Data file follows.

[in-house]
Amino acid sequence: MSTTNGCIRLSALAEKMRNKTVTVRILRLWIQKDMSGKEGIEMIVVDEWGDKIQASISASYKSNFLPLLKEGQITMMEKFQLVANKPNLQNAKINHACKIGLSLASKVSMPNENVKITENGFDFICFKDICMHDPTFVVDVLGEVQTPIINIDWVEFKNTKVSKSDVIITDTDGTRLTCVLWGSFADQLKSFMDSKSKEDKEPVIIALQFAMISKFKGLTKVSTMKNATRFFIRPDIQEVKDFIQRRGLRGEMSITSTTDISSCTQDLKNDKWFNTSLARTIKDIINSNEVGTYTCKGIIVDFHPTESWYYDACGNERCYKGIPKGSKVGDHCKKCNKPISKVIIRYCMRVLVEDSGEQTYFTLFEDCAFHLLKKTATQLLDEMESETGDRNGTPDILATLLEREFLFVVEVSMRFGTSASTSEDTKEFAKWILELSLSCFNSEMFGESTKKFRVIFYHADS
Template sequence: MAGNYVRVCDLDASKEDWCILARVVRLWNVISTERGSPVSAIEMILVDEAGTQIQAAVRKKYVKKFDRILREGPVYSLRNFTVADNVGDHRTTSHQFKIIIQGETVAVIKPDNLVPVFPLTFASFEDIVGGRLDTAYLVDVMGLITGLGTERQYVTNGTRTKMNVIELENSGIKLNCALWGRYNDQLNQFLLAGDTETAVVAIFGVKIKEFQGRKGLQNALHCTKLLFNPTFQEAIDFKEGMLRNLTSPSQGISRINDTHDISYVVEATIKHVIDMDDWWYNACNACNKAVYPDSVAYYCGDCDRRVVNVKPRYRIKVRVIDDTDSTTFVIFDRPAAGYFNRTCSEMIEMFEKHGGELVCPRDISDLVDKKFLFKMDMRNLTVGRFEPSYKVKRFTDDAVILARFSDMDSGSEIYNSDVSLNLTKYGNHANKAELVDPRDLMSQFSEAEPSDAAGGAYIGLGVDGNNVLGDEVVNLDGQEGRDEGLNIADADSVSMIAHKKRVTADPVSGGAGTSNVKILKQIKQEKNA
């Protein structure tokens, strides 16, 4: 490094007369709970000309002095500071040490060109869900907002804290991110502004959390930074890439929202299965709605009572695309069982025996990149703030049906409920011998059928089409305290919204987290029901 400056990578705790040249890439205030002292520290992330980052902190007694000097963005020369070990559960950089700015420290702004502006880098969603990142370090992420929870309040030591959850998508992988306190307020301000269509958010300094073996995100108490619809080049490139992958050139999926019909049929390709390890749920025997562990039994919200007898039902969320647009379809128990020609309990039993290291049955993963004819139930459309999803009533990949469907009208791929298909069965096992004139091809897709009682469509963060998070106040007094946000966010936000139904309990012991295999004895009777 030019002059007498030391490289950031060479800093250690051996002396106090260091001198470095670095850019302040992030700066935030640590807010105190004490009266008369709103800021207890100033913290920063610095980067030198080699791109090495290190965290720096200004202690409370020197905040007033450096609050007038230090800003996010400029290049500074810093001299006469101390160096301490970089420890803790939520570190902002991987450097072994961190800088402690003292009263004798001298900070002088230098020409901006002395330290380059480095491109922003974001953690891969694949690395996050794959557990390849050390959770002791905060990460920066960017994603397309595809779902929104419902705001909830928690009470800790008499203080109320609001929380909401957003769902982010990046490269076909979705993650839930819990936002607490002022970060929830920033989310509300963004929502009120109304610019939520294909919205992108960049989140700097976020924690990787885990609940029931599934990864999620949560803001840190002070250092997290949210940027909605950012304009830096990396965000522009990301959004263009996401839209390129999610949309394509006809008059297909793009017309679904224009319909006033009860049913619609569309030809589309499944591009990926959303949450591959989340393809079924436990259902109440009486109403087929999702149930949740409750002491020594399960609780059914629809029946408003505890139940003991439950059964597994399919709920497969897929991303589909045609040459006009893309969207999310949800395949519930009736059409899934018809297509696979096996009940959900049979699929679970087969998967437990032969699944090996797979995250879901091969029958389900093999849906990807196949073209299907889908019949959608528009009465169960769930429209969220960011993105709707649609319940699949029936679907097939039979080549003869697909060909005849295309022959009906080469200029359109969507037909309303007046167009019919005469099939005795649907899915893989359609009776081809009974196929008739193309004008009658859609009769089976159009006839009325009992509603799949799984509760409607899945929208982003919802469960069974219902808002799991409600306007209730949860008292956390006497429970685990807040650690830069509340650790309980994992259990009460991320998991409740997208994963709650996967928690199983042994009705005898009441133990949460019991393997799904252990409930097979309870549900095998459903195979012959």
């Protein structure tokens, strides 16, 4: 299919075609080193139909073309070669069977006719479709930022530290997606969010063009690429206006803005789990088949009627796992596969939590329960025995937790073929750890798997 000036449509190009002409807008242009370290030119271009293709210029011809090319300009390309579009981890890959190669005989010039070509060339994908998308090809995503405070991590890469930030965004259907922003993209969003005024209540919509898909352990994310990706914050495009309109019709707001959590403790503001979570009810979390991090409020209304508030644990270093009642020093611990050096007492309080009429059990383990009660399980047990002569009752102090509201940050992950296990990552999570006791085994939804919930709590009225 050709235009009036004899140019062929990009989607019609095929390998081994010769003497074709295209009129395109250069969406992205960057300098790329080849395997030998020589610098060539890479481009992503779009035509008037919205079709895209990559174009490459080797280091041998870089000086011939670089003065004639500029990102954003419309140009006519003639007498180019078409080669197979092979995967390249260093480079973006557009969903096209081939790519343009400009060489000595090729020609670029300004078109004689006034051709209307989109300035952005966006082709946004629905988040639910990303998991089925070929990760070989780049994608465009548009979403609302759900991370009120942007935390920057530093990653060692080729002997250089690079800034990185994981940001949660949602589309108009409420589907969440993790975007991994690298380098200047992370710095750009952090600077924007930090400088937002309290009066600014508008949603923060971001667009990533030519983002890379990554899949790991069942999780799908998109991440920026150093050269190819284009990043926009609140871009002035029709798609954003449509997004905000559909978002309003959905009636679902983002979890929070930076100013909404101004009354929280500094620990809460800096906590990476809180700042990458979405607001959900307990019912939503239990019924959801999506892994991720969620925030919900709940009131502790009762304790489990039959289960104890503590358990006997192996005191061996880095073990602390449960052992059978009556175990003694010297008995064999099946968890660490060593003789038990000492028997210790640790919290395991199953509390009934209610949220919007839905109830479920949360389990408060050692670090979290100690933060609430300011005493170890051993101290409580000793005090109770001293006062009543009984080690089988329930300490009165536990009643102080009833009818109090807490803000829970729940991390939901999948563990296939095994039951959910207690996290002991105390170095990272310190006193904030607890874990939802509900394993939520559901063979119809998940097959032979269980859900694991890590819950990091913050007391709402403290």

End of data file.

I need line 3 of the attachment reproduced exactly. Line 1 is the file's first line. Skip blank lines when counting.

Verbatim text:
Template sequence: MAGNYVRVCDLDASKEDWCILARVVRLWNVISTERGSPVSAIEMILVDEAGTQIQAAVRKKYVKKFDRILREGPVYSLRNFTVADNVGDHRTTSHQFKIIIQGETVAVIKPDNLVPVFPLTFASFEDIVGGRLDTAYLVDVMGLITGLGTERQYVTNGTRTKMNVIELENSGIKLNCALWGRYNDQLNQFLLAGDTETAVVAIFGVKIKEFQGRKGLQNALHCTKLLFNPTFQEAIDFKEGMLRNLTSPSQGISRINDTHDISYVVEATIKHVIDMDDWWYNACNACNKAVYPDSVAYYCGDCDRRVVNVKPRYRIKVRVIDDTDSTTFVIFDRPAAGYFNRTCSEMIEMFEKHGGELVCPRDISDLVDKKFLFKMDMRNLTVGRFEPSYKVKRFTDDAVILARFSDMDSGSEIYNSDVSLNLTKYGNHANKAELVDPRDLMSQFSEAEPSDAAGGAYIGLGVDGNNVLGDEVVNLDGQEGRDEGLNIADADSVSMIAHKKRVTADPVSGGAGTSNVKILKQIKQEKNA